I am interested in printing a small carrying case for my GoPro camera as I do not currently have a case or any good way to transport it. This box seems to be the perfect size and with a hinge it would be much more protective than the current way I transport my GoPro (which is typically unprotected in a backpack). I have never even seen cases like this sold in stores or online so I was very excited to discover it on the internet available to print. https://www.thingiverse.com/thing:2210863

A final object I would like to print is a candle holder. I found this design beautiful and enjoy burning candles while I study. I would love to have one that I personally made. A way that I might modify it would be the changing the shape slightly to fit different sized candles as well as printing various colors.


4 thoughts on “Week 2: 3D Printing will Rock the World”

  1. “This was interesting for me as it raised the question of whether the art of handmade jewelry will continue, or if 3D printed jewelry will slowly replace the traditional methods.”

    I really like this insight and question. I will be writing my “special” post for the once-a-semester activity on musical instruments and 3D printing. If the same quality can be achieved through the 3D printer, will it replace traditional methods? I think the demand for handmade jewelry and instruments is continuously being driven down. Unfortunately, artists nowadays are often not compensated for the time they spend making the product. In an ideal world, they should be paid for the materials they use, the talent they have, AND the time they have spent at the workbench. Many people are making less handmade goods because they are not being compensated for that time. So I think the 3D printer will help a lot of these artists make the beautiful designs they create, but nothing compares to the time and care someone puts into a handmade product. So, while there is less of a demand, I do not think handmade art will be eliminated completely.

  2. Hi Helen. I loved that you included a link to shapeways! I figured there must be a website through which buying and selling self-printed items was possible, so I am happy that you gave me the opportunity to explore the site. Also, your aspiration of printing a violin inspires me- I had not previously considered printing such ambitious products, but will definitely be looking into it more in the future! I would love to see you do this in class.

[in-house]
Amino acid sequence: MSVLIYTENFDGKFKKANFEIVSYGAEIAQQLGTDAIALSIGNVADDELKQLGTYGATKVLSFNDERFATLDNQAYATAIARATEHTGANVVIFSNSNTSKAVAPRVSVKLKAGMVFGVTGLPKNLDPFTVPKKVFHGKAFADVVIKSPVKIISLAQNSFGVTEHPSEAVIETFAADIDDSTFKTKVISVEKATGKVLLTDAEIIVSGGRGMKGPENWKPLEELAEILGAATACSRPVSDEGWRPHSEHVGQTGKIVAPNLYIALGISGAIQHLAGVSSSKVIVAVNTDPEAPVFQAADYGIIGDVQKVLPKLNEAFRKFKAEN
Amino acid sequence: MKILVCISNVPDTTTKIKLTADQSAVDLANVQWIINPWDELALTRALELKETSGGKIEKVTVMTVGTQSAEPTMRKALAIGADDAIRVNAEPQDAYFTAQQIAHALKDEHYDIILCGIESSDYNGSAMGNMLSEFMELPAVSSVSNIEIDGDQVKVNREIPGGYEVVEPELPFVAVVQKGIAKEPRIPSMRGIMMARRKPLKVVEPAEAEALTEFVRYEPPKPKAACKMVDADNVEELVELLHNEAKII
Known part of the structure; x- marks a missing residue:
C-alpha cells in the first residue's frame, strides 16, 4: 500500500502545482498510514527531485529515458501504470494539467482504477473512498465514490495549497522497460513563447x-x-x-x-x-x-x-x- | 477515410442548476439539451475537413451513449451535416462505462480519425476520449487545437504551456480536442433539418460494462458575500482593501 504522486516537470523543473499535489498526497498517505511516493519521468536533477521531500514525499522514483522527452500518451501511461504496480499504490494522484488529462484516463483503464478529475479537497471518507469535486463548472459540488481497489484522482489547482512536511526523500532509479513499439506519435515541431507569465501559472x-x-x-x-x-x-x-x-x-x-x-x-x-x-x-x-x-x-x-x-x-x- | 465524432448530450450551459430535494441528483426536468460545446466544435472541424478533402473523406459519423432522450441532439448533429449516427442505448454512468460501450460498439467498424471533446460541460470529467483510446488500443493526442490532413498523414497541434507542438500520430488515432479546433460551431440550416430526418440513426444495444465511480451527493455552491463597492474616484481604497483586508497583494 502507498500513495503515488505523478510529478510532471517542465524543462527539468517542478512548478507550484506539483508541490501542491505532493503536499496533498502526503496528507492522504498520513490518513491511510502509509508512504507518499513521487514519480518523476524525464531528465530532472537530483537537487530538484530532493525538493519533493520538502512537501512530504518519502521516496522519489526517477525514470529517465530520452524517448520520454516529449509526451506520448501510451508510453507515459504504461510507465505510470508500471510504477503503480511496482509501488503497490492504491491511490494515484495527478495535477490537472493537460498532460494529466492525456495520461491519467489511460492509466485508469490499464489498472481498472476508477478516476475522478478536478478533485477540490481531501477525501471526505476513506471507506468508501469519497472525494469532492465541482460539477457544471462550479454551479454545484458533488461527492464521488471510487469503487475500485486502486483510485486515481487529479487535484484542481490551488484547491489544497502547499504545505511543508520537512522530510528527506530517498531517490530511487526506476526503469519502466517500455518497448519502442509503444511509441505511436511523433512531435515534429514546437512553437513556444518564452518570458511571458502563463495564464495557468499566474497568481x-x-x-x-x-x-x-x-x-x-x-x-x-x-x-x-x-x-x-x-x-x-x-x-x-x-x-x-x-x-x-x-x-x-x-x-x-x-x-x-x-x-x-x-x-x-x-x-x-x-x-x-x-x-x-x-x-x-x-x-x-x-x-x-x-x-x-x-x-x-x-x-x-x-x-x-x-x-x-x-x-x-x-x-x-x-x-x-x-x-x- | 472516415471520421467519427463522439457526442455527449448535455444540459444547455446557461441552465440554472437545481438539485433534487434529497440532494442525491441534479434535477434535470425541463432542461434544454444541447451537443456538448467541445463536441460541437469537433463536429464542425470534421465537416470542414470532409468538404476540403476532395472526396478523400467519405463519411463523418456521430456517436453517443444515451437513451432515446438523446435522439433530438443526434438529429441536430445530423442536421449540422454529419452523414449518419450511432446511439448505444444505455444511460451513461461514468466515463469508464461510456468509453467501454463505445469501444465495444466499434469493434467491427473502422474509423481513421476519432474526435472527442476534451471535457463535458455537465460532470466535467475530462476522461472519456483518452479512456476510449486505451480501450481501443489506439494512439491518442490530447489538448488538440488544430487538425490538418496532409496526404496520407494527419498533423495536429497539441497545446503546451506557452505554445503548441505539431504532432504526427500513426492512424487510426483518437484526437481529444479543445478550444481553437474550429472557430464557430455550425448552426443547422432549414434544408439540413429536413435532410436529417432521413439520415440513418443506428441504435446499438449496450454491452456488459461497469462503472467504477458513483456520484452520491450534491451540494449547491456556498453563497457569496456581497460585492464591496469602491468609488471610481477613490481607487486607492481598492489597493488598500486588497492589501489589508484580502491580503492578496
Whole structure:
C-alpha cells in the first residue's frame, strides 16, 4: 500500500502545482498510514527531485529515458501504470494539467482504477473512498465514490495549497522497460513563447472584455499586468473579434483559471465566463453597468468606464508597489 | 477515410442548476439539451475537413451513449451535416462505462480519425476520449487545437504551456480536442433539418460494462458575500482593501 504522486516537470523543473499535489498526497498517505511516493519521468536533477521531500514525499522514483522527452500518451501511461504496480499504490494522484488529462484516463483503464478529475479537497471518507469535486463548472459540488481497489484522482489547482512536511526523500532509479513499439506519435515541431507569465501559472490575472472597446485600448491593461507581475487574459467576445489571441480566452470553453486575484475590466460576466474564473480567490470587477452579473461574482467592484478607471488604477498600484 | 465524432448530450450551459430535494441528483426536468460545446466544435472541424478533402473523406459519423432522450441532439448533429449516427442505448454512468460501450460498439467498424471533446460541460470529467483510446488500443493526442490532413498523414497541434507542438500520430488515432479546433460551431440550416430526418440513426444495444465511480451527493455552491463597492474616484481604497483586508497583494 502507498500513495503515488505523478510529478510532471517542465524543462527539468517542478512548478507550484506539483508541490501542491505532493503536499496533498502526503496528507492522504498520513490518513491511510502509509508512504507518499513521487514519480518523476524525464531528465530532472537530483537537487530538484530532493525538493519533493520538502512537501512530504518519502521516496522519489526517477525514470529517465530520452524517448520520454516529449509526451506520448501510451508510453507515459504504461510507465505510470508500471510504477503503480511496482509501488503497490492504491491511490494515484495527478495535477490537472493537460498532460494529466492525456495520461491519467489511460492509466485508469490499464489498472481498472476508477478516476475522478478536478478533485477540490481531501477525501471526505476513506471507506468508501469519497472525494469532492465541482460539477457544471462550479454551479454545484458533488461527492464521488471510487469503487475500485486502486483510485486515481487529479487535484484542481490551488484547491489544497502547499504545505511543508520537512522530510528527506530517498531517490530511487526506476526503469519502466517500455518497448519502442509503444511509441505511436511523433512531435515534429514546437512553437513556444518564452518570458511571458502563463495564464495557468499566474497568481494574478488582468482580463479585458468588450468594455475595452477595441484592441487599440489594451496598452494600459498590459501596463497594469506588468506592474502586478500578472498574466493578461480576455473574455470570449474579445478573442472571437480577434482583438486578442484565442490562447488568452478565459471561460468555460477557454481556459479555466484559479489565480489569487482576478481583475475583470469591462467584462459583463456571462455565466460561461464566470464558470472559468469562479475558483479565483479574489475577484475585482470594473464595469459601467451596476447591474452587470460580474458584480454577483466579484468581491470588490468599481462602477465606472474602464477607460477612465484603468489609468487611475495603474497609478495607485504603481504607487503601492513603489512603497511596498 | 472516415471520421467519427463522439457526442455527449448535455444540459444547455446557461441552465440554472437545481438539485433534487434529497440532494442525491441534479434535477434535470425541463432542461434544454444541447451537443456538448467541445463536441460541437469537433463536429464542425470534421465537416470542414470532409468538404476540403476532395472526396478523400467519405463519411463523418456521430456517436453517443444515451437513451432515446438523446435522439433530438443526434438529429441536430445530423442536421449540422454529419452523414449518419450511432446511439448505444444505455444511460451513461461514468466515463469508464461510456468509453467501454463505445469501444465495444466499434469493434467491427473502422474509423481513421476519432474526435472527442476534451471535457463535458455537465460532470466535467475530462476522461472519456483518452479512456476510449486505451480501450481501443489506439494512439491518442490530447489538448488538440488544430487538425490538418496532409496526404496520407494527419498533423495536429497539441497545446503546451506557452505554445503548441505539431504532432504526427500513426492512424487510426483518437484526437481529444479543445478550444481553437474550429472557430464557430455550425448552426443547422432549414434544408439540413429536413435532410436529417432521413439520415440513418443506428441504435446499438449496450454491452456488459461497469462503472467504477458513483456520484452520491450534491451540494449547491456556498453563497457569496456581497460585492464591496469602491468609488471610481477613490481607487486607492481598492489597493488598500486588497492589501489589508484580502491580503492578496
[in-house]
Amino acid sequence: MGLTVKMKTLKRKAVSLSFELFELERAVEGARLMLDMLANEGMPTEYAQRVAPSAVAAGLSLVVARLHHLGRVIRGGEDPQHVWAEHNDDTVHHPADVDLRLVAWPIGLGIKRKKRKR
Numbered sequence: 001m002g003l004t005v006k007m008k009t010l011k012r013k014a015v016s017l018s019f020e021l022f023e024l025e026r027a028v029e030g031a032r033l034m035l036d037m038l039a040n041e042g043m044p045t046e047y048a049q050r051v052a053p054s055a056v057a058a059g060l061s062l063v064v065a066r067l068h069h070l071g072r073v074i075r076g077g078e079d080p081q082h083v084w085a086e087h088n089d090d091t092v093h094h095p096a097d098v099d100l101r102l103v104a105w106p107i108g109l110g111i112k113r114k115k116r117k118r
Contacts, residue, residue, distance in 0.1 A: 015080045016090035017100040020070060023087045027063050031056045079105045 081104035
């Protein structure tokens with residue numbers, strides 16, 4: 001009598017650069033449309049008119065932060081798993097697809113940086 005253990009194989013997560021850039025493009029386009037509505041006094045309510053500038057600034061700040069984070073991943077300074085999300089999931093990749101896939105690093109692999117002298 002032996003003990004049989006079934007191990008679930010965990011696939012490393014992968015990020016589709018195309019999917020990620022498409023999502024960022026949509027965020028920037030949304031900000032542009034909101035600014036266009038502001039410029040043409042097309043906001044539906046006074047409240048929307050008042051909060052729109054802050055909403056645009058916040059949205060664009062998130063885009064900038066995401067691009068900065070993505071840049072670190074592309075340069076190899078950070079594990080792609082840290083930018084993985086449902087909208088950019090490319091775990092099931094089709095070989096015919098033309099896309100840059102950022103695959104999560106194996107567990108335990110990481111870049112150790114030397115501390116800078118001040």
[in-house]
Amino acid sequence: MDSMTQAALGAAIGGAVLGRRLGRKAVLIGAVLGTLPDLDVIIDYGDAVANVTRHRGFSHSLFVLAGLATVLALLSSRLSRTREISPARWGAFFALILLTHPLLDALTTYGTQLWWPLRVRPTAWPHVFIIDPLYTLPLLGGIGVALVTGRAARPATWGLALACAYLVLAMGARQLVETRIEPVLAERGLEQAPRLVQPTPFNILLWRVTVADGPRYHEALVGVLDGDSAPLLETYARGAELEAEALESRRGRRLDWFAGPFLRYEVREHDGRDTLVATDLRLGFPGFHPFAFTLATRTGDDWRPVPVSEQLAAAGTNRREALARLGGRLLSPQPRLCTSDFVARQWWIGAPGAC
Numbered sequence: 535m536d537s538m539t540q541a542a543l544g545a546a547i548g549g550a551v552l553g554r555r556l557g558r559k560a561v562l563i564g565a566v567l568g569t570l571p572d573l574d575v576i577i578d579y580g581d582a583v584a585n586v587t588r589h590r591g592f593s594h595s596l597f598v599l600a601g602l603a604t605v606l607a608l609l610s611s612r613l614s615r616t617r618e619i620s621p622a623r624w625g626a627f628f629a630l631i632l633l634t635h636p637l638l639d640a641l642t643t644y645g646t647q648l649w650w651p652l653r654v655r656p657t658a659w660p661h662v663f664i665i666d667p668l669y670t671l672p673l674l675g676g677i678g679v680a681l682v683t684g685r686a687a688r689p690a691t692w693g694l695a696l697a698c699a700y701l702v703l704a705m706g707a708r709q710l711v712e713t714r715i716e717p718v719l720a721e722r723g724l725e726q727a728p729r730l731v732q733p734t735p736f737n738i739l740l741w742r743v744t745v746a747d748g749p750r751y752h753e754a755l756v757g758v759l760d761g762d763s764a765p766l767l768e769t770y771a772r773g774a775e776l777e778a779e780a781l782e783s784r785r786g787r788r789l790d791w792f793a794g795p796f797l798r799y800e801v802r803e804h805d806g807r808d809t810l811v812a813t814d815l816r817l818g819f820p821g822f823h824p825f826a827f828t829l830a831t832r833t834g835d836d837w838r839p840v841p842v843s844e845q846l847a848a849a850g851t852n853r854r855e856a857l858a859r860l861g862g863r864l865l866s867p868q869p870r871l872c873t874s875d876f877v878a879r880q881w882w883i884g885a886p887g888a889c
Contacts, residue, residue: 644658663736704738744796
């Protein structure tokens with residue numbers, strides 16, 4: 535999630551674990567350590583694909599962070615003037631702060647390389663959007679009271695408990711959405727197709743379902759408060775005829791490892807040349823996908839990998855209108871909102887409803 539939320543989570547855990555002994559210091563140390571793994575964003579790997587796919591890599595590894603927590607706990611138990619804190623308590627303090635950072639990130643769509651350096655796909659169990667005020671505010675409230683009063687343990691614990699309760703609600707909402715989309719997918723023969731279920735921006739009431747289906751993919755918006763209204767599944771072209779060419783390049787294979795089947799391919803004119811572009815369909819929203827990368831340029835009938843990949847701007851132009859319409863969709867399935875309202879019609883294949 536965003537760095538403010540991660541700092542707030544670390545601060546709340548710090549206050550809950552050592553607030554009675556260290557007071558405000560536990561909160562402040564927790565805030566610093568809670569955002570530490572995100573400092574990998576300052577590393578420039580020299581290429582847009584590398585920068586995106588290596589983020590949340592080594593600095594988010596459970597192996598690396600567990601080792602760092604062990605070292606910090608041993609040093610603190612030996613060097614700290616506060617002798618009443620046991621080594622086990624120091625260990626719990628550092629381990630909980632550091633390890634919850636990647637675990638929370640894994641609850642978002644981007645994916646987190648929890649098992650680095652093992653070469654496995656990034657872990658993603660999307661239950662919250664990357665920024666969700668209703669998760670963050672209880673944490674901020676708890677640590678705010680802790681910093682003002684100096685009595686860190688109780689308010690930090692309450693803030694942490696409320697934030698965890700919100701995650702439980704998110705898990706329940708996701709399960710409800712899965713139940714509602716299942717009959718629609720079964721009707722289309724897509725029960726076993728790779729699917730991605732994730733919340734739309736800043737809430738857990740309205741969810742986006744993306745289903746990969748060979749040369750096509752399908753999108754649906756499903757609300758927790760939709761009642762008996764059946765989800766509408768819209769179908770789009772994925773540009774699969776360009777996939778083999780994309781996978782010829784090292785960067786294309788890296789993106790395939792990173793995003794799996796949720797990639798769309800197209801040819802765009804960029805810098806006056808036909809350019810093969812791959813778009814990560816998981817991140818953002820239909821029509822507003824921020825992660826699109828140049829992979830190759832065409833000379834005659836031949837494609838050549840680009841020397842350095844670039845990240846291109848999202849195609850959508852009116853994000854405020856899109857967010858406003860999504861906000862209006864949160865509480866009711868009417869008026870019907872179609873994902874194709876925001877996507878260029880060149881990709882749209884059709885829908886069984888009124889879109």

3. Hi Helen,
    I agree with you when you say “how 3D printing is not only affecting the consumer and manufacturing market but also the mindsets of a large group of people” With technological advances, companies are able to learn more about their customers and better cater to their needs. With this in mind, consumers and their mindsets are expecting products and services from companies that are designed just how that individual consumer desires it to be designed. Thus, digital making is influencing this on-demand customization to be easier and more readily available for consumers and companies. As this trend continues, our views on the world will continue to transform in that we expect products/services to be customized to each of our individual preferences.
    -Scott Provenzano

  4. Hi Helen!

    I found Shapeway extremely interesting as well. It made me wonder how the jewelry industry will stay afloat when you can so easily have it customized to your specific liking through this website. In my post I also discussed the importance of creativity and curiosity, just as you did. I agree that the MakerLab is a great place for both of these things! Also, I LOVE that candle holder as well. It looks super unique and after clicking the link, it doesn’t seem like it would be too difficult to make. Thanks again for your post!